Operating autonomous robots on city streets is a huge software engineering challenge. Some of these programs run on the bot itself but many of them are already running in the background. Things like remote control, route finding, matching bots to customers, fleet health management, and also interactions with customers and merchants. All of this should run 24/7, without interruptions and is scaling dynamically to match the workload.
Starship’s SRE is responsible for providing the cloud infrastructure and platform services to run these backend services. We have united rulers For our mini-services and running them above AWS. MongoDB It is the primary database for most backend services, but we also love PostgreSQLEspecially when strong print and transaction guarantees are required. for asynchronous messages Kafka It is the preferred messaging platform and we use it for almost everything other than shipping video streams from bots. For the sake of observation we rely on Prometheus And GravanaAnd lokiAnd the left And jaeger. CICD is handled by Jenkins.
A significant portion of the SRE’s time is spent maintaining and optimizing the Kubernetes infrastructure. Kubernetes is our main publishing platform and there is always something to improve, whether that’s by adjusting automatic scaling settings, adding Pod disabling policies, or improving Spot instance usage. Sometimes it’s like laying bricks – simply installing a Helm chart to provide certain functionality. But often the ‘brick’ has to be chosen and evaluated carefully (is Loki good for log management, is network service a thing etc) and sometimes the function just doesn’t exist in the world and has to be written from the start. When this happens, we usually switch to Python and Golang but also Rust and C when needed.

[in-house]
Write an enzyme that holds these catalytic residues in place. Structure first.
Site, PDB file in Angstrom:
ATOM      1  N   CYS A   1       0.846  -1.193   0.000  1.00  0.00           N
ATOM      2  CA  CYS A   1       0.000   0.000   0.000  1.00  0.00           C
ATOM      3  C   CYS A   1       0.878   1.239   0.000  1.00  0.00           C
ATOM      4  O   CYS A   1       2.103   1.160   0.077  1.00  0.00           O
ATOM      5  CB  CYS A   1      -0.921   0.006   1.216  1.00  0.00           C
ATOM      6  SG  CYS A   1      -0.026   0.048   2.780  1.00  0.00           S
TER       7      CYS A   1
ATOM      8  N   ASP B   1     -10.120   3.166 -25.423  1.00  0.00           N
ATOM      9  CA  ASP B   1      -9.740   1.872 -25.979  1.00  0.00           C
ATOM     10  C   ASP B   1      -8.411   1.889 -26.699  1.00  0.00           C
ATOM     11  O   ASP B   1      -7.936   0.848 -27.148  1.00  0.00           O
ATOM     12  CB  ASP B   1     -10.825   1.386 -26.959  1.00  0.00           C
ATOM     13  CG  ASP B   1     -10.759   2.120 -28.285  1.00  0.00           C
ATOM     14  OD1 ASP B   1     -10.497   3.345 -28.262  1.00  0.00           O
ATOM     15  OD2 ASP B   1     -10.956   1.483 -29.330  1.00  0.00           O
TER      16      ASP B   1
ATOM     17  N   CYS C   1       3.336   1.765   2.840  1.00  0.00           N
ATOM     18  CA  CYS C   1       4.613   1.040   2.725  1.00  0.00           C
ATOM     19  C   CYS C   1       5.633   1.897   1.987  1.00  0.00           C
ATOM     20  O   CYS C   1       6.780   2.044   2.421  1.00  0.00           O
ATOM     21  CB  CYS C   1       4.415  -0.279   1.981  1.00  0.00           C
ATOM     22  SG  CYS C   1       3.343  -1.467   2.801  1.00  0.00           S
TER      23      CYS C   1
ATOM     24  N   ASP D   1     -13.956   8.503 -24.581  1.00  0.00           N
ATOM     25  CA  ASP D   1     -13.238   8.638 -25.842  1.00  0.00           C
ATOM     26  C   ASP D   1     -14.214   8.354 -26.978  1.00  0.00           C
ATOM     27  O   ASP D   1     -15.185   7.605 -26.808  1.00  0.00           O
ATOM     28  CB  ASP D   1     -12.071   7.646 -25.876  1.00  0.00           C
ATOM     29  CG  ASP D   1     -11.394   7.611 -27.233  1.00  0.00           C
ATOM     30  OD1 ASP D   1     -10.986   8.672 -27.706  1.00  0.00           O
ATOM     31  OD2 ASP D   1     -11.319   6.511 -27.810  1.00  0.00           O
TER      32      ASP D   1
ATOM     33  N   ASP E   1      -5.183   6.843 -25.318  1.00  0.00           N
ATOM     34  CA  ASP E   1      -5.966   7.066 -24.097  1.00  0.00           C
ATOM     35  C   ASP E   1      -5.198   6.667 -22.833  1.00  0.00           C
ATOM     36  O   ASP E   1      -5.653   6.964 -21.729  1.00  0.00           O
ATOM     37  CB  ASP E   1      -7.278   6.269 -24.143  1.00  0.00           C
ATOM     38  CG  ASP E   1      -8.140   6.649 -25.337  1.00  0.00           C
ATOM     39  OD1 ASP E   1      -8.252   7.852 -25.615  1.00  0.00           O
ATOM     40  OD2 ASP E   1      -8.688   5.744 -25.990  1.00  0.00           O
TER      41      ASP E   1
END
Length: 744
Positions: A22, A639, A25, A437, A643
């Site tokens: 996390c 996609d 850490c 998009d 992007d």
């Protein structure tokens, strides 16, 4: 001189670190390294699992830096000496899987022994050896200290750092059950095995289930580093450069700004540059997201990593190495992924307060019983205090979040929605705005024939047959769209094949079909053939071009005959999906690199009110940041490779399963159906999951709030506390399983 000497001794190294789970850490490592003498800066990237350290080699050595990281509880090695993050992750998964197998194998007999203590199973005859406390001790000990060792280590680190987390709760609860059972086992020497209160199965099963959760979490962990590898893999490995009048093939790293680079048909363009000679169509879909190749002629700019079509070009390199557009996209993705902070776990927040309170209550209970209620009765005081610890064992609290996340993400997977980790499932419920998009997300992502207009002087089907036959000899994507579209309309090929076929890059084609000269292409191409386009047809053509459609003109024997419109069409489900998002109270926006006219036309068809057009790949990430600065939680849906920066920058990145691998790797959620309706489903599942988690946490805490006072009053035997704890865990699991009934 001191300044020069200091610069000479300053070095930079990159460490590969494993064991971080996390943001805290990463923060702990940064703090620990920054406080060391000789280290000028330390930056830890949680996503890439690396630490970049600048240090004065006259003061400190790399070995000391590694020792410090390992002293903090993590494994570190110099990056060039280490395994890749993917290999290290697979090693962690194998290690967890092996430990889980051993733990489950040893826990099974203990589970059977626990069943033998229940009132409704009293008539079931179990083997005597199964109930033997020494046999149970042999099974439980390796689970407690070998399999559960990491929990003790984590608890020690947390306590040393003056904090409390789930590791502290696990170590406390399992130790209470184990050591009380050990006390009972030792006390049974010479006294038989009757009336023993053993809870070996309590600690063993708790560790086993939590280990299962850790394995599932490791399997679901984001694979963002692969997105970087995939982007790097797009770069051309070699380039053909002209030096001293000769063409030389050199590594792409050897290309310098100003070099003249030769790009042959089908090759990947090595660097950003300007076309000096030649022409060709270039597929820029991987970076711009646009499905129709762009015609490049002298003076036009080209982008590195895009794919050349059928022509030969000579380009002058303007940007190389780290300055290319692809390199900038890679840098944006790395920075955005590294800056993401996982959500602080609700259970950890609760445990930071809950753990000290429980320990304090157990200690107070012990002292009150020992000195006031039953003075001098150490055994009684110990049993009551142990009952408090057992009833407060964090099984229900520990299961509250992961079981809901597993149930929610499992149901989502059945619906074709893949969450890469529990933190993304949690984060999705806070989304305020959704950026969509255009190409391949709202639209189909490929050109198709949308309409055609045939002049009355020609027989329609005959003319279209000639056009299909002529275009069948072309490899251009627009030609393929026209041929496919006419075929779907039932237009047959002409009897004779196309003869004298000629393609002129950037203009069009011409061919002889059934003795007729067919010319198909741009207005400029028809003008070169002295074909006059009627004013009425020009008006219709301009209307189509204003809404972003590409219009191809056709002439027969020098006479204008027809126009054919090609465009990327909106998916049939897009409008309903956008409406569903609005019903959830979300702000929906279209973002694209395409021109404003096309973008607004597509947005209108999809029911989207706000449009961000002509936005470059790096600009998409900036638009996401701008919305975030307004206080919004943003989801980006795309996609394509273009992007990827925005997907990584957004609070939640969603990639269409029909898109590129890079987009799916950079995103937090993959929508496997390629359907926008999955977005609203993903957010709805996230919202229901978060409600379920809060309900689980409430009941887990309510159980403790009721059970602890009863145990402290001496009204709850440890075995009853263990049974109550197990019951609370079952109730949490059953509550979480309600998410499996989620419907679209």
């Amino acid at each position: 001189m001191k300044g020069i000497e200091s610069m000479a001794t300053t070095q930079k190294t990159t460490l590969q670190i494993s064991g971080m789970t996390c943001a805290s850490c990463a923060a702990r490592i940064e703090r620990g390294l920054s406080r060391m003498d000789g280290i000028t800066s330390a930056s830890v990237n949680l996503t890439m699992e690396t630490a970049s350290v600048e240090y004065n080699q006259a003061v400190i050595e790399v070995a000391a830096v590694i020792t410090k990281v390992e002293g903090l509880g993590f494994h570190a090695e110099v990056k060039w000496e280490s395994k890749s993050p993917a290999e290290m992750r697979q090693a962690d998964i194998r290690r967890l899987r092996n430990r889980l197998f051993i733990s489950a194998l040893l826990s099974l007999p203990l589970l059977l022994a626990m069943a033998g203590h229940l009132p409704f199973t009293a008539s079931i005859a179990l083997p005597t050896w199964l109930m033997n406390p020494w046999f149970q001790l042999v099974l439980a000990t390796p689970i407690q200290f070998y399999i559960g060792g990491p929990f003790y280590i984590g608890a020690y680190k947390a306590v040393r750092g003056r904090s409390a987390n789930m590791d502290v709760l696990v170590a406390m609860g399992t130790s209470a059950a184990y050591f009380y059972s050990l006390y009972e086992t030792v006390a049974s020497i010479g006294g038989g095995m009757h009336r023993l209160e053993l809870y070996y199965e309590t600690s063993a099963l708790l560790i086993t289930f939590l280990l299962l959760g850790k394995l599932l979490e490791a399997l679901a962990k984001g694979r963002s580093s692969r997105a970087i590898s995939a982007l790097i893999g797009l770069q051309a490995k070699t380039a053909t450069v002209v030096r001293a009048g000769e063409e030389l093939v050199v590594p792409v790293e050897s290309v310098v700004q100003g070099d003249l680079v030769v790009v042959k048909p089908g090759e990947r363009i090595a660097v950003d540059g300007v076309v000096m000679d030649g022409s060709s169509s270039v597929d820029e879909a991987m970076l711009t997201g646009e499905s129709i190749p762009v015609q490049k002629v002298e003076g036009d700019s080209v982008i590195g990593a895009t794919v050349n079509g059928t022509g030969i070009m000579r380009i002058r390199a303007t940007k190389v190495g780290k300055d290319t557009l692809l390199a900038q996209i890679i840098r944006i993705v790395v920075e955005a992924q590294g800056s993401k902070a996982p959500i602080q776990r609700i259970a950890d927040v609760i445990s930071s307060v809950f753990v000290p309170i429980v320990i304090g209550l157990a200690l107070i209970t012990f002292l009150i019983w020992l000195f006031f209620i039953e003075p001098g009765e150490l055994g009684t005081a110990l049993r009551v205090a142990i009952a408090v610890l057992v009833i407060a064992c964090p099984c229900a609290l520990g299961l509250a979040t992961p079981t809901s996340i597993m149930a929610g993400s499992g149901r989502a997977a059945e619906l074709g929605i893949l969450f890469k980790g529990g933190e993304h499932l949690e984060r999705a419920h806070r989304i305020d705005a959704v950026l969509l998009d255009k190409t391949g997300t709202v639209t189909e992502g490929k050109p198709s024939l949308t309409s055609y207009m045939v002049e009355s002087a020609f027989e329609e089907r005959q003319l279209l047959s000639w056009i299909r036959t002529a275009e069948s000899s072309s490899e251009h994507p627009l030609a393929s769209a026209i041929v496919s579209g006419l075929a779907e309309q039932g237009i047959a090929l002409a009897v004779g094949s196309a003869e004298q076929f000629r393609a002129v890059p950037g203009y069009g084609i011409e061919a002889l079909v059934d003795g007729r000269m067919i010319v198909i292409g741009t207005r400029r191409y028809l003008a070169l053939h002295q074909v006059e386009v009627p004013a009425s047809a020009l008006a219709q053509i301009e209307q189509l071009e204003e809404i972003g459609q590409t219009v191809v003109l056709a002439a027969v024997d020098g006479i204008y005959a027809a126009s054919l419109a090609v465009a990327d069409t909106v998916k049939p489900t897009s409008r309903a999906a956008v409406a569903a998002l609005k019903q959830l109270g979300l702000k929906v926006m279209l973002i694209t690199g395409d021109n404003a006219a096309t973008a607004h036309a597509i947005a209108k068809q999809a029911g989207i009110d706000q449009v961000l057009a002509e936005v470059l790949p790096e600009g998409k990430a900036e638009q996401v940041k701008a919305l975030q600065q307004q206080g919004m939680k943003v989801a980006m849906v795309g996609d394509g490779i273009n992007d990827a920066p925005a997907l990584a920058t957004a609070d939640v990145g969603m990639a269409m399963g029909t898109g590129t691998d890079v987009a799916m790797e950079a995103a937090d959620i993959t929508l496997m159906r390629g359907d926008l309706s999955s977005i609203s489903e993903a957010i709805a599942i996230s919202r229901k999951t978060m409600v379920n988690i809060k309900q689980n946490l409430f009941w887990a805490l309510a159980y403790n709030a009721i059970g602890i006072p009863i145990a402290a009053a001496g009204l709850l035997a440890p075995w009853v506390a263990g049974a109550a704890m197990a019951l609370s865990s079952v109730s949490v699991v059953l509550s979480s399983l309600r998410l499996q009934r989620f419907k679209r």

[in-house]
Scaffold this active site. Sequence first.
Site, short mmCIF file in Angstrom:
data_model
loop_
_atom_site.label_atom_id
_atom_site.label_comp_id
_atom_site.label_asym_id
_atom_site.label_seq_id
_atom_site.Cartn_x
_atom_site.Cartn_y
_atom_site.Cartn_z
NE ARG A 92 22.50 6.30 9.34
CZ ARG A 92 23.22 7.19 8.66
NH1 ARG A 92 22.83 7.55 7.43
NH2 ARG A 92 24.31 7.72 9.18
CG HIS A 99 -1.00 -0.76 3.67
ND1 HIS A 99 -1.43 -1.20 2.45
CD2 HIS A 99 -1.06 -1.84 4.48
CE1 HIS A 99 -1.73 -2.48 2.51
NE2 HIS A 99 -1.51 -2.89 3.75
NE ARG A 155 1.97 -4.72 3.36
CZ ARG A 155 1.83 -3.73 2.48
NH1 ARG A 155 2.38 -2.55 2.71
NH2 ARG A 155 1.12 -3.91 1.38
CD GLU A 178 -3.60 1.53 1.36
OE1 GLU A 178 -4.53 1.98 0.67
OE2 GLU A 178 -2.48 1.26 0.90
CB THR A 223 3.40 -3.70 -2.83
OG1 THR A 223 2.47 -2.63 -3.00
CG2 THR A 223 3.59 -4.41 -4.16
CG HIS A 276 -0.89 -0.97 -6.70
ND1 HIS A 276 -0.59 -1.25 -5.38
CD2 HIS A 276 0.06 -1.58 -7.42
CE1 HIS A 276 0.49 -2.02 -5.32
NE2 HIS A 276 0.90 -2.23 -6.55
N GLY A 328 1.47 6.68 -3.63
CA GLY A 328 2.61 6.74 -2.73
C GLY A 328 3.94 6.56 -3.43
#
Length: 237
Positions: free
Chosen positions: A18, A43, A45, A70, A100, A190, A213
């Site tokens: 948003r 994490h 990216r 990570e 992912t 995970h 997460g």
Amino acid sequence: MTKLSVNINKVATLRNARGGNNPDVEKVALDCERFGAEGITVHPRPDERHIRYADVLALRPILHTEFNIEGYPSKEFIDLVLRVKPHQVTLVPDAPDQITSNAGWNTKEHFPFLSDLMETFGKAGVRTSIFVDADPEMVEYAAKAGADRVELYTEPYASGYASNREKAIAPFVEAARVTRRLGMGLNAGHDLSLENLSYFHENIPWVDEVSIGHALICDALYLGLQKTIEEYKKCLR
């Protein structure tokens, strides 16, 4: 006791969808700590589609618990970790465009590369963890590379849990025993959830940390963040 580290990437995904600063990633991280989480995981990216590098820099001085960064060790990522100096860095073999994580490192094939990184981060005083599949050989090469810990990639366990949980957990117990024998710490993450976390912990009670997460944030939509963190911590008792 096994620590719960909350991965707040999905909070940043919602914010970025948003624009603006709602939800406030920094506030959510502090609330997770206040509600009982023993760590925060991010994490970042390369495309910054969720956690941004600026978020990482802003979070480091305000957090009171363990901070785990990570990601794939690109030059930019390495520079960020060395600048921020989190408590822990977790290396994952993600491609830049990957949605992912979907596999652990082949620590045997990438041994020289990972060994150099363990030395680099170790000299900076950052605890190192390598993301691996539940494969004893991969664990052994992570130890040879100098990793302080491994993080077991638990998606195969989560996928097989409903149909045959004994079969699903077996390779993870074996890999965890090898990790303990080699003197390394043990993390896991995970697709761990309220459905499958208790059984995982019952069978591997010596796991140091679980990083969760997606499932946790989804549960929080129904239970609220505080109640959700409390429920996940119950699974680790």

Another big part of the infrastructure that SRE is responsible for is data and databases. Starship started with a single monolithic MongoDb – a strategy that has worked well so far. However, as the business grows, we need to revisit this architecture and start thinking about supporting bots by the thousands. Apache Kafka is part of the scaling story, but we also need to explore hashing, regional clustering, and microservices database architecture. Furthermore, we are constantly developing tools and automation to manage our existing database infrastructure. Examples: Add the ability to monitor MongoDb with a custom side proxy to analyze database traffic, enable PITR support for databases, automate regular failover and recovery tests, collect metrics for Kafka re-segmentation, and enable data retention.